The Roux brothers have banned photos of their food

The Roux brothers have banned photos of their food


<massive eye roll>

I mean, seriously boys?

For those that don’t know there was an article in The Evening Standard this week that quotes Michel Roux

I’m really getting so upset about people taking pictures. We put up a card at the door saying ‘No photos, please’.

I mean, what are they doing? Maybe once during the meal you want to take a little photo of something because it’s unusual. But what about the flavours?

What about the flavours Michel?  Surely the flavours are just between you and the diner?  They don’t matter to other people, but it really matters to us that we share a photo of the dish in all it’s glory, the flavours don’t matter, the picture is what matters.

A picture on a phone cannot possibly capture the flavours.

Well of course it bloody can’t, though give Apple a couple of years and I am sure that will also be possible.   I am sure it will only be a matter of time before Sniffergram becomes a thing alongside Instagram.

There is no doubting that the Waterside Inn is an extraordinary restaurant, and worthy of its three Michelin stars, I can’t say for certain as I haven’t had the pleasure of visiting personally.   I can’t help but wonder though how many people have booked in and visited off the back of seeing the culinary creations on a friend’s Instagram feed.    Or because they saw photos shared on Tripadvisor or some other social media platform.    Because that is how advertising works boys.   Yes it’s a bit braggy as it comes across as  “look where I am”  or “we have just spent £160 on dinner, but LOOK AT IT”, and?  So what?

I don’t give a monkey’s about the flavour right then to be honest, because flavour is subjective.    For instance, if somebody were to describe the this to me: Salade de homard à la betterave et crème fraîche acidulée au caviar osciètre I would probably roll my eyes.  This is one of the dishes on your Menu Exceptionnel and to have lobster salad and beetroot with caviar explained to me would probably put me off to be honest.   But  having seen that dish on Instagram (search the #WatersideInn hashtag) I am sold, it looks incredible.

Surely you want the advertising don’t you?  Why would you not want diners showing off what it is you have created and presented to them, to showcase the incredible talent of your team?

I love photographing the dishes of food I have been presented with.  One of the photos that got me more interaction on Instagram recently than any other post, was this one:


In fact the chef of the Feathers came out the next night to personally serve our main courses to us and say thank you for the fishfinger sandwich love.   Now when I think of that weekend I will remember the sandwich, and meeting the chef.   My sharing that picture on instagram got the conversation going on line.  Maybe even generated a bit of interest in the hotel and its restaurant, who knows?  I know that it will be something I can talk about in the future if anybody ever mentions fish finger sandwiches.  I can join in the conversation again and share the picture again, tagging the hotel as I do.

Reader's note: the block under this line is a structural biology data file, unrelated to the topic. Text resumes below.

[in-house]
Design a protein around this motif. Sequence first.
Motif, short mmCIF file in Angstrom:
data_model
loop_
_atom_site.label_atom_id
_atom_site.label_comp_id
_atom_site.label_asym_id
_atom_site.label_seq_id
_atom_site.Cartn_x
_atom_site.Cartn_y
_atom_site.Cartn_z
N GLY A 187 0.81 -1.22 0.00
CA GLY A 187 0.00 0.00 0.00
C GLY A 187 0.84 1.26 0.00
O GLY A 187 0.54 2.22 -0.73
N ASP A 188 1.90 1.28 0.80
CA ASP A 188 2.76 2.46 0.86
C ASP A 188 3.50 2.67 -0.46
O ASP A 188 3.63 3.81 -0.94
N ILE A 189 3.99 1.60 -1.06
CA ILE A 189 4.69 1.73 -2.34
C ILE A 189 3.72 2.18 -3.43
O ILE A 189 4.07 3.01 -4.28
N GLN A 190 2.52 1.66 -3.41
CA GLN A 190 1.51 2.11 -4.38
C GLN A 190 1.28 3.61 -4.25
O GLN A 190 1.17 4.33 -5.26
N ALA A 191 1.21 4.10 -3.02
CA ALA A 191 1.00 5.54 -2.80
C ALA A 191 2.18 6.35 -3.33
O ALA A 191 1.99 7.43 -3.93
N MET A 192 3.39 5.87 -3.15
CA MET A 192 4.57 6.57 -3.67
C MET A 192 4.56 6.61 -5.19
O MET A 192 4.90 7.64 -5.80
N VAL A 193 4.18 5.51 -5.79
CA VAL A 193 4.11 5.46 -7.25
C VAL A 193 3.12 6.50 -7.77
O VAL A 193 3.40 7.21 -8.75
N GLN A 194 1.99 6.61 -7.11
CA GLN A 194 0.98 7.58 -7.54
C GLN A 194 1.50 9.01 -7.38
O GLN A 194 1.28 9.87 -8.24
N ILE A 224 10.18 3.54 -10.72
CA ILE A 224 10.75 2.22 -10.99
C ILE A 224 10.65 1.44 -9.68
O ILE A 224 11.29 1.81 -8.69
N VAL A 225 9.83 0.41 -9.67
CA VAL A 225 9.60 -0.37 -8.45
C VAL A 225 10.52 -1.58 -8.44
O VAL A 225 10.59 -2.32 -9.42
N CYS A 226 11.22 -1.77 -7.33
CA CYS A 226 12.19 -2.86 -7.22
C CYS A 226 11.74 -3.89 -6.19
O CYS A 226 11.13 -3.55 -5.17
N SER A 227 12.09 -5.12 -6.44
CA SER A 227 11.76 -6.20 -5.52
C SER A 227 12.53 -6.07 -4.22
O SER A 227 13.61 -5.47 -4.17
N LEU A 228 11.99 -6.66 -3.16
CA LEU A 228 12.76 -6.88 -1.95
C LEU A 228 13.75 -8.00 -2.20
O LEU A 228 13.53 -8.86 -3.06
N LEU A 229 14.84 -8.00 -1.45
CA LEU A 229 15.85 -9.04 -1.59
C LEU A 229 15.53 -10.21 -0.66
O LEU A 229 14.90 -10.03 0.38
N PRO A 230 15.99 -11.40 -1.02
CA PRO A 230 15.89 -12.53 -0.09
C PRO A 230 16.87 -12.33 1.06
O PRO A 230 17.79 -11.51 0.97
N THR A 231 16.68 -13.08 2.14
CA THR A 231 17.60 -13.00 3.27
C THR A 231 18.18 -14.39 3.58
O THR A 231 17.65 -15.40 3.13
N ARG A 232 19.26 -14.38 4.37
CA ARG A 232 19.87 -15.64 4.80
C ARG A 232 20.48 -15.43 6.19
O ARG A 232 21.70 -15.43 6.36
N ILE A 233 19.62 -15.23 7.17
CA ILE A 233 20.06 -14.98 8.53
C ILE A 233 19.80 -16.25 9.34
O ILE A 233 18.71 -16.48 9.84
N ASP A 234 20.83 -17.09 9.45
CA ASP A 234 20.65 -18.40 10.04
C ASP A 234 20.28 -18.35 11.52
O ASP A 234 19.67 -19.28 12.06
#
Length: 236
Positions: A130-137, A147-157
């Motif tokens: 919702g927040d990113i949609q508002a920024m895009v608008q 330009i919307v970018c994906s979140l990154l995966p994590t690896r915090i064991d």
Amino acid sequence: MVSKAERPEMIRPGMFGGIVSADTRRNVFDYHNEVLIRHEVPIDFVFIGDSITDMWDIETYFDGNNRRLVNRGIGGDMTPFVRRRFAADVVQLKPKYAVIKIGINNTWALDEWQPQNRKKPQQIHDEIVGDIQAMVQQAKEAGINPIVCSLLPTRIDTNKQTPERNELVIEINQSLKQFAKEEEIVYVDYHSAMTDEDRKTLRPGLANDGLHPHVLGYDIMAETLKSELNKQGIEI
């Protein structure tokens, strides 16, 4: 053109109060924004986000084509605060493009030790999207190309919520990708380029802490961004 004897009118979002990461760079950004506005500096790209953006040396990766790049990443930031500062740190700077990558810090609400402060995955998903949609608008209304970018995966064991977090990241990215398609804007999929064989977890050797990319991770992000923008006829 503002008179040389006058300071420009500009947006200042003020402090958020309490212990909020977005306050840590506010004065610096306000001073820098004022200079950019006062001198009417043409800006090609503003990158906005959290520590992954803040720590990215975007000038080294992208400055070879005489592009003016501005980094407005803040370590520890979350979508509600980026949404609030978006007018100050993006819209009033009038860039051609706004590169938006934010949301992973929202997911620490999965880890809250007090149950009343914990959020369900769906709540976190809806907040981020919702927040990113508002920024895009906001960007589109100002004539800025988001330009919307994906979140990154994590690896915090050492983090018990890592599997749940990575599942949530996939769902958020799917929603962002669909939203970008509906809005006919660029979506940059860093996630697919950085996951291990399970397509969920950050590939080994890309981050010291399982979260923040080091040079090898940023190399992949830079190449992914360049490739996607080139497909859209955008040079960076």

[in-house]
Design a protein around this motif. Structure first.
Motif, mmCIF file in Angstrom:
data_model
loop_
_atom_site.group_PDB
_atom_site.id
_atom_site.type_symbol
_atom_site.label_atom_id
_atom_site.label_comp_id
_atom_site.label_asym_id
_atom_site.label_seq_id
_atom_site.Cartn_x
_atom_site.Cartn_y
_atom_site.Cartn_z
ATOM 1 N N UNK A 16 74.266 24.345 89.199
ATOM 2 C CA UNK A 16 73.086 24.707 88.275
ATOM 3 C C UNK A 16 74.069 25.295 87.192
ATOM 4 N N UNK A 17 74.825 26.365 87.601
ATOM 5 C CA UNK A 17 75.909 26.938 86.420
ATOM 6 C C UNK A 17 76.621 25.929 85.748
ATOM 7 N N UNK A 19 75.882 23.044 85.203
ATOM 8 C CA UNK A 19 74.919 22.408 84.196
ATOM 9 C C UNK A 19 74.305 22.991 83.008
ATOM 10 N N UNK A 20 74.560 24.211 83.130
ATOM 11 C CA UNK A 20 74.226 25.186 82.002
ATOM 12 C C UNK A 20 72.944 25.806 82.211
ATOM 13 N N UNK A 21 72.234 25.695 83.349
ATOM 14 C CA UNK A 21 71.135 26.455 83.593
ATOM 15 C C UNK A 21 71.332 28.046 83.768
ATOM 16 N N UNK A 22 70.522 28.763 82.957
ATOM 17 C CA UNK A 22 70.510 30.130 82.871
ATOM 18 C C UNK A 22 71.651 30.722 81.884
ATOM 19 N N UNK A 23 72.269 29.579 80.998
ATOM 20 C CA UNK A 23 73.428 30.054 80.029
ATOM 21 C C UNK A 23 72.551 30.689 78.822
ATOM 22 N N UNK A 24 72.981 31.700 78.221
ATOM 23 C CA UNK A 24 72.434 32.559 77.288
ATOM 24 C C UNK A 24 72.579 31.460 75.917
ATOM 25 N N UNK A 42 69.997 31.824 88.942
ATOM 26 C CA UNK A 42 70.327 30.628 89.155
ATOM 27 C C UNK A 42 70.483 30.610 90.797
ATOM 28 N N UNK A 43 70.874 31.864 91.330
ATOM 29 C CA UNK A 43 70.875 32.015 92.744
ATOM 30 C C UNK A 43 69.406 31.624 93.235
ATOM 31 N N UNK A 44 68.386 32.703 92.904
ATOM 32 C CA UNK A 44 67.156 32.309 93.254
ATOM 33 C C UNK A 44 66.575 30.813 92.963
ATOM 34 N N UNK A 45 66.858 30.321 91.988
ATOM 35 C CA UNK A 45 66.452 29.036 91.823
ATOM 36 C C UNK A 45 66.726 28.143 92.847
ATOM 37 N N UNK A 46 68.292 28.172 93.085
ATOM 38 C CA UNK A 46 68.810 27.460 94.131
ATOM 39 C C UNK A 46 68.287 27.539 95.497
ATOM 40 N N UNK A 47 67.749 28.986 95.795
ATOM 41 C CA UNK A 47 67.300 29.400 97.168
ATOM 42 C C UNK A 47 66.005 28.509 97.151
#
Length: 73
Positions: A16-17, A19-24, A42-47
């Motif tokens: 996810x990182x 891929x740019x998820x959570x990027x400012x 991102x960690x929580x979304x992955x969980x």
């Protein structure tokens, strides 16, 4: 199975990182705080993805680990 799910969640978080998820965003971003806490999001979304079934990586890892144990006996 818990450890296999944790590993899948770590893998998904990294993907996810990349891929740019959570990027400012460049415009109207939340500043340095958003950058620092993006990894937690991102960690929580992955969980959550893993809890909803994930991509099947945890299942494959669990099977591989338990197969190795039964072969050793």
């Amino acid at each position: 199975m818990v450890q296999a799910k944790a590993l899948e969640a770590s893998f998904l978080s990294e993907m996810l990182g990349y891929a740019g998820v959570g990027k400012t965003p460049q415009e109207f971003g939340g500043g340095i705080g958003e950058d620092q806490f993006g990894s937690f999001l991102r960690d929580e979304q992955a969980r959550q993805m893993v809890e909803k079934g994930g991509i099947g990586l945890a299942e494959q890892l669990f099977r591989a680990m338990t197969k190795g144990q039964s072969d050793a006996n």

You might not like it boys, but this is how the world works now and if you start telling your diners what they can and can’t do in your establishments then you might find yourselves without a clientele very soon.


No photography image courtesy of Shutterstock

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  • I’m on the fence with this. I totally understand that they may have got completely pissed off with diners stopping others from eating or enjoying that first look experience because “they need to take a picture for instagram” – and there’s also some people who get out the big camera, stand on chairs, take 287 different photos from all different angles to get that “perfect shot” which must be TOTALLY distracting for other clients. I’m sure this also extends to all the people also doing snapchat, facebook live, vlogging, et al.

    And yes, the owners of an establishment CAN actually tell their diners what they want to happen on their premises because it’s their space and, regardless of people paying to use that space/experience, there will be a way in which they want to present that.

    But.. as you mention, there are marketing advantages to taking and tagging a photo whilst enjoying a dining experience and there are ways to take a photo discreetly. Not everyone is as considerate as you.

    • Oh I totally agree. Anybody getting out a huge camera and taking 287 different photos deserves to be thrown out, regardless of how much they have paid for their dinner. And yes, I agree, it is completely the restaurant’s right to stop people doing anything they deem to be against their rules without having to justify themselves. So by the same token it would be completely within my rights to vote with my feet and not return.

      I say return, I hvae never been. But the fact their is a sign saying “No photos” rather than “Please be considerate when taking photos, and respect the other diner’s right to a peaceful meal” might be a tad more appropriate.